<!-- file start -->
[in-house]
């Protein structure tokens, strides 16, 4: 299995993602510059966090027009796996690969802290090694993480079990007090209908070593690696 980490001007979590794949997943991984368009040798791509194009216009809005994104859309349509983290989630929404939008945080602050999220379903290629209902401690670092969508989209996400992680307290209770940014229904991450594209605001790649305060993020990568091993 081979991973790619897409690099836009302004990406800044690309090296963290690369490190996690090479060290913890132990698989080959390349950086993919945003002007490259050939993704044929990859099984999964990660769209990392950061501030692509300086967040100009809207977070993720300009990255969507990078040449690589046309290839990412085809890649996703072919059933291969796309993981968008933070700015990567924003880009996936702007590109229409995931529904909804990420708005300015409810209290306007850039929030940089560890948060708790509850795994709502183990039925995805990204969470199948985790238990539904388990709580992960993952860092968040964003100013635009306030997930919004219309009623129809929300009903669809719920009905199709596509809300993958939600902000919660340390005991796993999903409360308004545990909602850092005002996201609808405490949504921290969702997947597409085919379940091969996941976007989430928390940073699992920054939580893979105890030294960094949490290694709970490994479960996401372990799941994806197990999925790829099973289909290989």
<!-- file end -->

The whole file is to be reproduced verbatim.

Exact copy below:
[in-house]
């Protein structure tokens, strides 16, 4: 299995993602510059966090027009796996690969802290090694993480079990007090209908070593690696 980490001007979590794949997943991984368009040798791509194009216009809005994104859309349509983290989630929404939008945080602050999220379903290629209902401690670092969508989209996400992680307290209770940014229904991450594209605001790649305060993020990568091993 081979991973790619897409690099836009302004990406800044690309090296963290690369490190996690090479060290913890132990698989080959390349950086993919945003002007490259050939993704044929990859099984999964990660769209990392950061501030692509300086967040100009809207977070993720300009990255969507990078040449690589046309290839990412085809890649996703072919059933291969796309993981968008933070700015990567924003880009996936702007590109229409995931529904909804990420708005300015409810209290306007850039929030940089560890948060708790509850795994709502183990039925995805990204969470199948985790238990539904388990709580992960993952860092968040964003100013635009306030997930919004219309009623129809929300009903669809719920009905199709596509809300993958939600902000919660340390005991796993999903409360308004545990909602850092005002996201609808405490949504921290969702997947597409085919379940091969996941976007989430928390940073699992920054939580893979105890030294960094949490290694709970490994479960996401372990799941994806197990999925790829099973289909290989």